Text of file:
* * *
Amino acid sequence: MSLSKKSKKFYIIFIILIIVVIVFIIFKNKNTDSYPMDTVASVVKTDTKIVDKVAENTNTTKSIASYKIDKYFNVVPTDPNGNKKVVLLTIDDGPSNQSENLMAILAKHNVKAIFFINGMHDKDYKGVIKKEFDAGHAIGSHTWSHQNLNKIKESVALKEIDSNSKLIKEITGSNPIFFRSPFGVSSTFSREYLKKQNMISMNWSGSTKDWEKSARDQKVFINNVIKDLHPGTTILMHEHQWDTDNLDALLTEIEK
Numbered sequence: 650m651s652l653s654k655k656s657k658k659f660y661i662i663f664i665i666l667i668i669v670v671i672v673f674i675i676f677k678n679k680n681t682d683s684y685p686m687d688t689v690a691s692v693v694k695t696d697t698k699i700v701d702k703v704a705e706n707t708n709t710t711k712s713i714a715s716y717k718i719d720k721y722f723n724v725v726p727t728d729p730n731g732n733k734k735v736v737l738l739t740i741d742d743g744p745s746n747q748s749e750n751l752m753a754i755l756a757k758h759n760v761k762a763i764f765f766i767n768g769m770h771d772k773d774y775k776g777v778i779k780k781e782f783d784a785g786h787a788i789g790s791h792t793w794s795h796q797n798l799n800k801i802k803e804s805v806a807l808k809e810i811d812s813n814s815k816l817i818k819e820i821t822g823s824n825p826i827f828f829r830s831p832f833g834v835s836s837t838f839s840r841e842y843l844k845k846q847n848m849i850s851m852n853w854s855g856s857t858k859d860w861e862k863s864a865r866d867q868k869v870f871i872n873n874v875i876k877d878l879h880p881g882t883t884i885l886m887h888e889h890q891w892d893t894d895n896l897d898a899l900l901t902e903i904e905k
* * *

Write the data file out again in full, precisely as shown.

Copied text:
Amino acid sequence: MSLSKKSKKFYIIFIILIIVVIVFIIFKNKNTDSYPMDTVASVVKTDTKIVDKVAENTNTTKSIASYKIDKYFNVVPTDPNGNKKVVLLTIDDGPSNQSENLMAILAKHNVKAIFFINGMHDKDYKGVIKKEFDAGHAIGSHTWSHQNLNKIKESVALKEIDSNSKLIKEITGSNPIFFRSPFGVSSTFSREYLKKQNMISMNWSGSTKDWEKSARDQKVFINNVIKDLHPGTTILMHEHQWDTDNLDALLTEIEK
Numbered sequence: 650m651s652l653s654k655k656s657k658k659f660y661i662i663f664i665i666l667i668i669v670v671i672v673f674i675i676f677k678n679k680n681t682d683s684y685p686m687d688t689v690a691s692v693v694k695t696d697t698k699i700v701d702k703v704a705e706n707t708n709t710t711k712s713i714a715s716y717k718i719d720k721y722f723n724v725v726p727t728d729p730n731g732n733k734k735v736v737l738l739t740i741d742d743g744p745s746n747q748s749e750n751l752m753a754i755l756a757k758h759n760v761k762a763i764f765f766i767n768g769m770h771d772k773d774y775k776g777v778i779k780k781e782f783d784a785g786h787a788i789g790s791h792t793w794s795h796q797n798l799n800k801i802k803e804s805v806a807l808k809e810i811d812s813n814s815k816l817i818k819e820i821t822g823s824n825p826i827f828f829r830s831p832f833g834v835s836s837t838f839s840r841e842y843l844k845k846q847n848m849i850s851m852n853w854s855g856s857t858k859d860w861e862k863s864a865r866d867q868k869v870f871i872n873n874v875i876k877d878l879h880p881g882t883t884i885l886m887h888e889h890q891w892d893t894d895n896l897d898a899l900l901t902e903i904e905k